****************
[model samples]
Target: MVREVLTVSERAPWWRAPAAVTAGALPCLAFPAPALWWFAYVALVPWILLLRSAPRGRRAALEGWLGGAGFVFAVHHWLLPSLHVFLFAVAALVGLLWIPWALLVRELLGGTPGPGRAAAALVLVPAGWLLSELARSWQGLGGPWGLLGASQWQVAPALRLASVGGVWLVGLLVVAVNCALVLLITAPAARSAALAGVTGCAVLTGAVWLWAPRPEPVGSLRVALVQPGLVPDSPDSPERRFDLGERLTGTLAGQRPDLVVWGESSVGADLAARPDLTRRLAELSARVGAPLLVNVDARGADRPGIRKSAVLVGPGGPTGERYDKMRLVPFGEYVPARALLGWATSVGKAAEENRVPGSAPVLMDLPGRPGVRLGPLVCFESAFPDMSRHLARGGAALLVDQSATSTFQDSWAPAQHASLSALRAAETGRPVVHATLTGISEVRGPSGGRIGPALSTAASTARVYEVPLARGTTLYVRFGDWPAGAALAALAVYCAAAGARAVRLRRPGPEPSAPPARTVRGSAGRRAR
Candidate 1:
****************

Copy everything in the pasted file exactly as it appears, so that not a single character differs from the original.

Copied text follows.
[model samples]
Target: MVREVLTVSERAPWWRAPAAVTAGALPCLAFPAPALWWFAYVALVPWILLLRSAPRGRRAALEGWLGGAGFVFAVHHWLLPSLHVFLFAVAALVGLLWIPWALLVRELLGGTPGPGRAAAALVLVPAGWLLSELARSWQGLGGPWGLLGASQWQVAPALRLASVGGVWLVGLLVVAVNCALVLLITAPAARSAALAGVTGCAVLTGAVWLWAPRPEPVGSLRVALVQPGLVPDSPDSPERRFDLGERLTGTLAGQRPDLVVWGESSVGADLAARPDLTRRLAELSARVGAPLLVNVDARGADRPGIRKSAVLVGPGGPTGERYDKMRLVPFGEYVPARALLGWATSVGKAAEENRVPGSAPVLMDLPGRPGVRLGPLVCFESAFPDMSRHLARGGAALLVDQSATSTFQDSWAPAQHASLSALRAAETGRPVVHATLTGISEVRGPSGGRIGPALSTAASTARVYEVPLARGTTLYVRFGDWPAGAALAALAVYCAAAGARAVRLRRPGPEPSAPPARTVRGSAGRRAR
Candidate 1: